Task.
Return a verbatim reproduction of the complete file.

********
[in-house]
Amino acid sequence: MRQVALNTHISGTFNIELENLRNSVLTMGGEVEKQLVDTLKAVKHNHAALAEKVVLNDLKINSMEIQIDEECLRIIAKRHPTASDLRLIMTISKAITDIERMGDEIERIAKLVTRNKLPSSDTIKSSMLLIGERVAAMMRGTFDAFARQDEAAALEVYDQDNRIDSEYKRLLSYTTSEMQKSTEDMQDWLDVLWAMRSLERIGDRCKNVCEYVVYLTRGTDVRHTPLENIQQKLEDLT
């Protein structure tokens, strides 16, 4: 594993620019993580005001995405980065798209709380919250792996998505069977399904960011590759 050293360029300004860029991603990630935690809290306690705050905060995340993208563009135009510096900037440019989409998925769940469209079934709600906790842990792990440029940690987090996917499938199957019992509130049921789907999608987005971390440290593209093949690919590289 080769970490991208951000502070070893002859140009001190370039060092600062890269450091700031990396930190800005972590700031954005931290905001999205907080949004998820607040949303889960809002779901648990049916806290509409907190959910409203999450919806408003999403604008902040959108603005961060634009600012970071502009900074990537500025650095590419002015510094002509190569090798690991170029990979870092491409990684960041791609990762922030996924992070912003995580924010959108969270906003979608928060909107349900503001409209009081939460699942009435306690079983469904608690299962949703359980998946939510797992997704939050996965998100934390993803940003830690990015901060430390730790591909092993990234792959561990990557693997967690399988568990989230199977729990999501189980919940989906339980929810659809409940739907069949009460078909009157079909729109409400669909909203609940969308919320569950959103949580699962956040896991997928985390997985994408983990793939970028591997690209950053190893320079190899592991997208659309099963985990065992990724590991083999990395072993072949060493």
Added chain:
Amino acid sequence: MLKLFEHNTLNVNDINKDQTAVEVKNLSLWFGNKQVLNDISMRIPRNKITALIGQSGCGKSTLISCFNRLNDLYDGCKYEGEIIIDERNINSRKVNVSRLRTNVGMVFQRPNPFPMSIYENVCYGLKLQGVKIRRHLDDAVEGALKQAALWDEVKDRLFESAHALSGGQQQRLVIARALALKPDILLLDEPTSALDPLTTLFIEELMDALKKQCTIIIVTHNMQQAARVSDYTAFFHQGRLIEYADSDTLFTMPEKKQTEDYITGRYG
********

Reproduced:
[in-house]
Amino acid sequence: MRQVALNTHISGTFNIELENLRNSVLTMGGEVEKQLVDTLKAVKHNHAALAEKVVLNDLKINSMEIQIDEECLRIIAKRHPTASDLRLIMTISKAITDIERMGDEIERIAKLVTRNKLPSSDTIKSSMLLIGERVAAMMRGTFDAFARQDEAAALEVYDQDNRIDSEYKRLLSYTTSEMQKSTEDMQDWLDVLWAMRSLERIGDRCKNVCEYVVYLTRGTDVRHTPLENIQQKLEDLT
């Protein structure tokens, strides 16, 4: 594993620019993580005001995405980065798209709380919250792996998505069977399904960011590759 050293360029300004860029991603990630935690809290306690705050905060995340993208563009135009510096900037440019989409998925769940469209079934709600906790842990792990440029940690987090996917499938199957019992509130049921789907999608987005971390440290593209093949690919590289 080769970490991208951000502070070893002859140009001190370039060092600062890269450091700031990396930190800005972590700031954005931290905001999205907080949004998820607040949303889960809002779901648990049916806290509409907190959910409203999450919806408003999403604008902040959108603005961060634009600012970071502009900074990537500025650095590419002015510094002509190569090798690991170029990979870092491409990684960041791609990762922030996924992070912003995580924010959108969270906003979608928060909107349900503001409209009081939460699942009435306690079983469904608690299962949703359980998946939510797992997704939050996965998100934390993803940003830690990015901060430390730790591909092993990234792959561990990557693997967690399988568990989230199977729990999501189980919940989906339980929810659809409940739907069949009460078909009157079909729109409400669909909203609940969308919320569950959103949580699962956040896991997928985390997985994408983990793939970028591997690209950053190893320079190899592991997208659309099963985990065992990724590991083999990395072993072949060493």
Added chain:
Amino acid sequence: MLKLFEHNTLNVNDINKDQTAVEVKNLSLWFGNKQVLNDISMRIPRNKITALIGQSGCGKSTLISCFNRLNDLYDGCKYEGEIIIDERNINSRKVNVSRLRTNVGMVFQRPNPFPMSIYENVCYGLKLQGVKIRRHLDDAVEGALKQAALWDEVKDRLFESAHALSGGQQQRLVIARALALKPDILLLDEPTSALDPLTTLFIEELMDALKKQCTIIIVTHNMQQAARVSDYTAFFHQGRLIEYADSDTLFTMPEKKQTEDYITGRYG